Why do we have a blind spot in our vision?
Images are formed on the retina at the back of the eye. On one portion of the retina, there are no receptors. This area is where the optic nerve leaves the eye. Because our eye (and brain) want us to have the clearest most complete image possible when we see, it is not normally apparent that we have a blind spot.
You can find your blind spot by playing a fun trick on yourself. Take a piece of paper and draw a dark circle on the left side of the paper, and an X on the right side of the paper. Put your hand over your right eye and focus on the X with your left eye, while you move the paper further and closer from your eyes.Do not let your eyes wander from the X. You will still be aware of the dot in your peripheral vision, and as you move the paper further and closer from your eye you will find an area in which the dot disappears momentarily from vision. This is your blind spot.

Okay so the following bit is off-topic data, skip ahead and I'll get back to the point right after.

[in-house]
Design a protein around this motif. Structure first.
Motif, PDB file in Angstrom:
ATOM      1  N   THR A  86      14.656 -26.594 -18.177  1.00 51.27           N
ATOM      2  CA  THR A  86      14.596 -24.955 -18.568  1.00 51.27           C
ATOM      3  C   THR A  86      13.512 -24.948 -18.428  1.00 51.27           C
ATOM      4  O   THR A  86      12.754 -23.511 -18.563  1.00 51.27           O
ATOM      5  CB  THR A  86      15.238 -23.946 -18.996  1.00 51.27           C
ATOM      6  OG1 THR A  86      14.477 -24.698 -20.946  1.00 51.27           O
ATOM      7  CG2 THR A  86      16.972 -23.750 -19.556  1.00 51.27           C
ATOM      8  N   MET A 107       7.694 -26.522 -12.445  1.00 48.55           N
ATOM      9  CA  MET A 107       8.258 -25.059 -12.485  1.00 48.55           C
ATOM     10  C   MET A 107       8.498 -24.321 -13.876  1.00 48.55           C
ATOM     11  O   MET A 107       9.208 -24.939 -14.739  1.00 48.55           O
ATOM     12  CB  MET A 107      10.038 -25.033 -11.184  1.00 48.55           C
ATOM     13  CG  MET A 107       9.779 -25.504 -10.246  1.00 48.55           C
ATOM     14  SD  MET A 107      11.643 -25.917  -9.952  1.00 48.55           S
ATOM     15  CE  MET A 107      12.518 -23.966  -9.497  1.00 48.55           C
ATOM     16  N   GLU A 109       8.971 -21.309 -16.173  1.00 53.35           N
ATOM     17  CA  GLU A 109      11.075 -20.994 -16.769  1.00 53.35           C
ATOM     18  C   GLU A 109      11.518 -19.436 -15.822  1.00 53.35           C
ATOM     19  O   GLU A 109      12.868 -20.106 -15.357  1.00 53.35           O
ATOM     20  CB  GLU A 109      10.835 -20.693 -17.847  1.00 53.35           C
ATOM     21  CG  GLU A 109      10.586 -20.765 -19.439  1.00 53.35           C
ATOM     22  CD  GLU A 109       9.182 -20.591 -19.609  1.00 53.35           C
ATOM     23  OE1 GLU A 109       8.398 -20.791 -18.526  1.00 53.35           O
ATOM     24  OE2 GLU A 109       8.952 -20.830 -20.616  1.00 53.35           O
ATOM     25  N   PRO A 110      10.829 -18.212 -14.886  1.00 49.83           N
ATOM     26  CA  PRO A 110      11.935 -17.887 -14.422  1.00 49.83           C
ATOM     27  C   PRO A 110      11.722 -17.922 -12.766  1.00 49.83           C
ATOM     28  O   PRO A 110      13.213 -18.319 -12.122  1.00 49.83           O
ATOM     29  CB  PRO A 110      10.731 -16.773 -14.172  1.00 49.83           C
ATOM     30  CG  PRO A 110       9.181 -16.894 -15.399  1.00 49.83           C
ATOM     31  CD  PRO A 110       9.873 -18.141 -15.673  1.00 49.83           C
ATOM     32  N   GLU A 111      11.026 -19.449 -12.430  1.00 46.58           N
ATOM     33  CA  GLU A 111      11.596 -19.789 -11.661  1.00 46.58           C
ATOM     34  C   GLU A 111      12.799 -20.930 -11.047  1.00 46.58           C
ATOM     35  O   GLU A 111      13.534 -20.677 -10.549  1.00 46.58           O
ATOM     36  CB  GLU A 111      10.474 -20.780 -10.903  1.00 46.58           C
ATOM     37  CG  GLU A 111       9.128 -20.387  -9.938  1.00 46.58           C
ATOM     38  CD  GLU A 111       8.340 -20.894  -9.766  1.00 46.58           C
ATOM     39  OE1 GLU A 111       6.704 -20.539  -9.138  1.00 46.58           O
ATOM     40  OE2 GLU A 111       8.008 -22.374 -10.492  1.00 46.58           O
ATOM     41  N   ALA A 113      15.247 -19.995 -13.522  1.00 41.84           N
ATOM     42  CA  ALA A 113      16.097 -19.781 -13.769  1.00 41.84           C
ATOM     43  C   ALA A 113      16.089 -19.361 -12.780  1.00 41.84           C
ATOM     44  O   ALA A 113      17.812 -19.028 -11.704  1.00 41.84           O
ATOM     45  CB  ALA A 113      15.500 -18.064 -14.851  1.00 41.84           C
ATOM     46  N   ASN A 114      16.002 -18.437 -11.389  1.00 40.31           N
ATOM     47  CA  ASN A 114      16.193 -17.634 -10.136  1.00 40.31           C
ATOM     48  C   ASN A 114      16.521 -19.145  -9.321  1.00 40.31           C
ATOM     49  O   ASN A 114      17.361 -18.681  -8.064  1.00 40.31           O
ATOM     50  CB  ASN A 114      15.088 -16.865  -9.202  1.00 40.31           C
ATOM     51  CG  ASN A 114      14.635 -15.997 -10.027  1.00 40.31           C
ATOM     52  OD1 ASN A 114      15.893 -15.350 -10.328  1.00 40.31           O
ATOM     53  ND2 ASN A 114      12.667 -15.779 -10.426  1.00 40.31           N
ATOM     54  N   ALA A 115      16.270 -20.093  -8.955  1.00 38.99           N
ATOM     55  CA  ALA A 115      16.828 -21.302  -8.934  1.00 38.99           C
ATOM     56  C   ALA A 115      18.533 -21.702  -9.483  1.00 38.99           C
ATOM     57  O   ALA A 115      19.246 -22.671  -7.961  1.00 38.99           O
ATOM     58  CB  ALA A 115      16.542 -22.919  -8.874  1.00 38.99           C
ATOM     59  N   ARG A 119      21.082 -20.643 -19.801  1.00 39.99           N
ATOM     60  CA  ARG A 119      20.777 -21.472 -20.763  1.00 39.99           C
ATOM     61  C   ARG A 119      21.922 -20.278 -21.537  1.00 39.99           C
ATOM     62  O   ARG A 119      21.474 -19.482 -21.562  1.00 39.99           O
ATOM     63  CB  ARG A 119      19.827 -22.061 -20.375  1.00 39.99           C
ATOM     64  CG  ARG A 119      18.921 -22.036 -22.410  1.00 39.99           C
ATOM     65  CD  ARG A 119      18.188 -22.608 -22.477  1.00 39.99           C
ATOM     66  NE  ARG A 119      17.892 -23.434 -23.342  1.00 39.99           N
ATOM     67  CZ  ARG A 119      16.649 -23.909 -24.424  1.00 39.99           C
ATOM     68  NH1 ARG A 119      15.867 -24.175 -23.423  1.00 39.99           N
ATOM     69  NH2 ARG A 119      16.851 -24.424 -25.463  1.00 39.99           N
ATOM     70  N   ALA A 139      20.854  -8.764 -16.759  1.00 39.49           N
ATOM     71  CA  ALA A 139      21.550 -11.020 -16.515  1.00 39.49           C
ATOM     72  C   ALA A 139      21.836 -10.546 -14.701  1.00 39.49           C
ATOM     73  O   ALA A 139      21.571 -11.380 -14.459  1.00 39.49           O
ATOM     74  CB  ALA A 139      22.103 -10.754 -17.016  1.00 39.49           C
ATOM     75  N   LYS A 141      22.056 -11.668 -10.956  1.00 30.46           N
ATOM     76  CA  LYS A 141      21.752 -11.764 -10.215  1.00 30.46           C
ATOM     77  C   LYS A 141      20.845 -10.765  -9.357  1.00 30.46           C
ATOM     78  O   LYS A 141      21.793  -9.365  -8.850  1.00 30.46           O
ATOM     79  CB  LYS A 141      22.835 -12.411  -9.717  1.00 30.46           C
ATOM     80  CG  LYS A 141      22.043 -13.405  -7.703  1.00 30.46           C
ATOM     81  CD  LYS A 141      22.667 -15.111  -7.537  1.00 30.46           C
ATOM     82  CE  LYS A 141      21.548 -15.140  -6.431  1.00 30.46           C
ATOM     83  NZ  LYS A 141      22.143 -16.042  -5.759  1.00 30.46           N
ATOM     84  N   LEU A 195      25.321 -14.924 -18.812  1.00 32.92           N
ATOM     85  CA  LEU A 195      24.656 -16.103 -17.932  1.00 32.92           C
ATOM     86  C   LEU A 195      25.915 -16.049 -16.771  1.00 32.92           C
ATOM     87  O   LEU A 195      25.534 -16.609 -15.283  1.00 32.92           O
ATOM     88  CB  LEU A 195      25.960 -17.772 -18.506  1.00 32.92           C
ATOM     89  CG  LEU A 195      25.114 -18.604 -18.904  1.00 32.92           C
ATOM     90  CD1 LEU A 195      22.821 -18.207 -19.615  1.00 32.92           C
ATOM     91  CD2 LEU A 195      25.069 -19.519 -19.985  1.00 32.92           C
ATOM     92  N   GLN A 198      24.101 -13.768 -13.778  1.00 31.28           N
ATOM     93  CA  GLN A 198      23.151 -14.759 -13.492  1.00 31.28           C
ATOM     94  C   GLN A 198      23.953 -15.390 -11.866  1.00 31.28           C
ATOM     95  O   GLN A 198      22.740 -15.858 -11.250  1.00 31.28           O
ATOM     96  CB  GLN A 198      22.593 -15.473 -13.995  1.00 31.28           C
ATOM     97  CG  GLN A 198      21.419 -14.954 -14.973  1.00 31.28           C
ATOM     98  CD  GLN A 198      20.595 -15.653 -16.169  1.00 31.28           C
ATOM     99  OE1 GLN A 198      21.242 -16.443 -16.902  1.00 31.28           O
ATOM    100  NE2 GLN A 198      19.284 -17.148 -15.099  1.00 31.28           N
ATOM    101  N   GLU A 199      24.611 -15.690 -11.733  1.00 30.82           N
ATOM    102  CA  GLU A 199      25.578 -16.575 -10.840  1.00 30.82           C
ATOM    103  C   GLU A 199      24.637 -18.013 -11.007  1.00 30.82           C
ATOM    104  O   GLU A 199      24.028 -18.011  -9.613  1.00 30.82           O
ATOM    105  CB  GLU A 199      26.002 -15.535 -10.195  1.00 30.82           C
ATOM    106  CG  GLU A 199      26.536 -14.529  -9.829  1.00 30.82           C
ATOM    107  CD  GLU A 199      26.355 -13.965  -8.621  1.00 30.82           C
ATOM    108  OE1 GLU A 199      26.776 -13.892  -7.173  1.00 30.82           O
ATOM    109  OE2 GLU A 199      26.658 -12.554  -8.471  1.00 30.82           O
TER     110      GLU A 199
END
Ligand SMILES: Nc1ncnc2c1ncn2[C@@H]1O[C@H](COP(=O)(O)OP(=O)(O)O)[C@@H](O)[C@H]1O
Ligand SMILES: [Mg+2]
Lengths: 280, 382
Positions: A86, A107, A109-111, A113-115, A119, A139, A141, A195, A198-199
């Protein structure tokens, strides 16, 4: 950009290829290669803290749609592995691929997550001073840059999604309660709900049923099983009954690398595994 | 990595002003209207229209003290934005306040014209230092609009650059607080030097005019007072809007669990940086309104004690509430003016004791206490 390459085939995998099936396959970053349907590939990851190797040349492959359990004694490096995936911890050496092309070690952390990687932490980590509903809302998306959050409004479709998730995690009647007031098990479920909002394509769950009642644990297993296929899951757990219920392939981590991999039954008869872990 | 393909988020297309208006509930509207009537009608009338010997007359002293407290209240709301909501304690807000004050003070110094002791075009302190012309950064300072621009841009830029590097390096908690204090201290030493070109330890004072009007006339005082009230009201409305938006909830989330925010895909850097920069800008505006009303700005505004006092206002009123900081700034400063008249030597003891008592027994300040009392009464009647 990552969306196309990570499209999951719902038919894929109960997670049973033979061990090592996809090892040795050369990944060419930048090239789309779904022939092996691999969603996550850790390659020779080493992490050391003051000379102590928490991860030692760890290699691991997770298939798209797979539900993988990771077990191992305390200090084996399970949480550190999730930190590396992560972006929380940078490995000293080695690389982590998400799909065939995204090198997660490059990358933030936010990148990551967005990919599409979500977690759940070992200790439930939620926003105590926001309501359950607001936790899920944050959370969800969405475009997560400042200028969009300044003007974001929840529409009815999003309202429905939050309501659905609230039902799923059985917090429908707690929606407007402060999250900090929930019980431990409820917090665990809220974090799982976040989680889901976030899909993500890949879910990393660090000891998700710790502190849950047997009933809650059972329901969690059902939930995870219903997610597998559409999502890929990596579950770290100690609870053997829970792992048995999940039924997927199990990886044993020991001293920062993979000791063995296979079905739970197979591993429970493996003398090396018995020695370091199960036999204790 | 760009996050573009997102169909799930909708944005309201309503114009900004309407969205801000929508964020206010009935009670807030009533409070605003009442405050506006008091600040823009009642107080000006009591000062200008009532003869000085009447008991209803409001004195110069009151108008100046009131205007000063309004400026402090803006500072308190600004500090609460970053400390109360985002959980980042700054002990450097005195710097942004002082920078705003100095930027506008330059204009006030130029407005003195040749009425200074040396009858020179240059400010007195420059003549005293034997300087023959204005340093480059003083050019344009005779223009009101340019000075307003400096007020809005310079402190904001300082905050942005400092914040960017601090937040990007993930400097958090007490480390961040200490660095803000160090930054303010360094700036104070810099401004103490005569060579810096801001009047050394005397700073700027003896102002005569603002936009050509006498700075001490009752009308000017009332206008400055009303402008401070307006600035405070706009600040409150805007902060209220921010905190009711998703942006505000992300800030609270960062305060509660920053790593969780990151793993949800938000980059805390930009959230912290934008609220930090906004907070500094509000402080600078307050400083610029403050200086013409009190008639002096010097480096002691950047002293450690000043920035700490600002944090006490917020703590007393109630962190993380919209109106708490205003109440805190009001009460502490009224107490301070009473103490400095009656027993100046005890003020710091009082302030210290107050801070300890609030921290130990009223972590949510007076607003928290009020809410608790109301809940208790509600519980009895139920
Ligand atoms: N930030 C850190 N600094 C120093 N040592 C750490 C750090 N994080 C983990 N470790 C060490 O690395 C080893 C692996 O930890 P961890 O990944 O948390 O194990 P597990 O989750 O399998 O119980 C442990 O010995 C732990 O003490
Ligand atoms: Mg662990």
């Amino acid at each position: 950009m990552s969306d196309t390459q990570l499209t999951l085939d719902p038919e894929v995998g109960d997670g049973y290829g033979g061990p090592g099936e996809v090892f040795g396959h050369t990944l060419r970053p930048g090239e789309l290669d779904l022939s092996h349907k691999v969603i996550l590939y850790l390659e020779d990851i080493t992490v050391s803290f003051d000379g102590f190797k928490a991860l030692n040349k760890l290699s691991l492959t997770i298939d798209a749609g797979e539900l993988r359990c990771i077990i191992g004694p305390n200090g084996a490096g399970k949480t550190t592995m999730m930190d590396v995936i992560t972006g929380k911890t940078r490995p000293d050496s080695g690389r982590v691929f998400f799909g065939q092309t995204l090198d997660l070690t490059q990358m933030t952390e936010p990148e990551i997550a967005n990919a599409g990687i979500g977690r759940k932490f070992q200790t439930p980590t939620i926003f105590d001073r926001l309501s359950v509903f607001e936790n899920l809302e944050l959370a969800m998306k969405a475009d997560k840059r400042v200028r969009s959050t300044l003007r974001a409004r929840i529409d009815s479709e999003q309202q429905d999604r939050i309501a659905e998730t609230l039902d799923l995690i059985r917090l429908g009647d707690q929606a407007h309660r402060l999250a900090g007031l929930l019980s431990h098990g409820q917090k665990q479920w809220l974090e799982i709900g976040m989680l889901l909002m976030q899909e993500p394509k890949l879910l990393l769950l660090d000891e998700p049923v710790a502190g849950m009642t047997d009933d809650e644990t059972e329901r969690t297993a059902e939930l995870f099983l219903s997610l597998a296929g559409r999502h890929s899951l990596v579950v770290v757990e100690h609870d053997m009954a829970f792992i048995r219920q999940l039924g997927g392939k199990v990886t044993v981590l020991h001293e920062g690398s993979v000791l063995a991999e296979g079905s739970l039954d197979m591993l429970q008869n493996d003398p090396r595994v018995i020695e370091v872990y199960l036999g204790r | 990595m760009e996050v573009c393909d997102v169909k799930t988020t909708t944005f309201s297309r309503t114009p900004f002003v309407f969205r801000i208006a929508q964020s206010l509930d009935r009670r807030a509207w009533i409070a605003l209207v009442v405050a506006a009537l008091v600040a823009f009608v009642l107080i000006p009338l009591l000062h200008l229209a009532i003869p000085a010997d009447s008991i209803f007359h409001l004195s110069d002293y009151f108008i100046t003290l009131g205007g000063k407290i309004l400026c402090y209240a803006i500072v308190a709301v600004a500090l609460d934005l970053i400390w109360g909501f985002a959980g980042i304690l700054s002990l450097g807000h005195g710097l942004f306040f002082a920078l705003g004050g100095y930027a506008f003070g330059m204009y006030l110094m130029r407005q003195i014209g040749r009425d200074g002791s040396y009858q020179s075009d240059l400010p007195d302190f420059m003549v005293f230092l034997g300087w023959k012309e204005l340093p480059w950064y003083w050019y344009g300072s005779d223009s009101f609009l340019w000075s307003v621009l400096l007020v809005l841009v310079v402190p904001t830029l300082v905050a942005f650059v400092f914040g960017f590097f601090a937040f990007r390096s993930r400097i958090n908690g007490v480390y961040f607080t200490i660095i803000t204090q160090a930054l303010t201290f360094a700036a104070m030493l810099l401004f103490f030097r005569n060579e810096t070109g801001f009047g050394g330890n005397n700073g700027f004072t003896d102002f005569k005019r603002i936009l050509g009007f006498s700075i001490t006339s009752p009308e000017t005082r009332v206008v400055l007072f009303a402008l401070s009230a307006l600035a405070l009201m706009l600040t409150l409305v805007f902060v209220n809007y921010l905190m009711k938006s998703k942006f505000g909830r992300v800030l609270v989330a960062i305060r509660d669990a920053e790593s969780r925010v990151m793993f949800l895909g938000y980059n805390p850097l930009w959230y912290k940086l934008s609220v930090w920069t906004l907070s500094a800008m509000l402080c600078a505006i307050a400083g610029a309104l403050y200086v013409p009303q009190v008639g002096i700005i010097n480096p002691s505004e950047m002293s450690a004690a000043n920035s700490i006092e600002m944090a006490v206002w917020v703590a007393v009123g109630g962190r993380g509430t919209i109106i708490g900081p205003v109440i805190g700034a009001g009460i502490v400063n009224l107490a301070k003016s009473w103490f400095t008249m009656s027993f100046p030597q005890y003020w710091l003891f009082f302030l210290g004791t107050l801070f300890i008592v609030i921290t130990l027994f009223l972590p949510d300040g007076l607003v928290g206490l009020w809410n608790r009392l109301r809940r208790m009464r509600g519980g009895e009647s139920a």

We don’t normally notice this blind spot because it is off to the side and our mind fills in the blanks. A good demonstration of this is to take another piece of paper. Draw the X again on the right, but on the left draw two thick lines in a row, not quite connecting to each other. Move the paper back and forth to your eye as you did before. In your blind spot, instead of making the lines disappear (like the dot did) your brain will connect the two lines making one long line.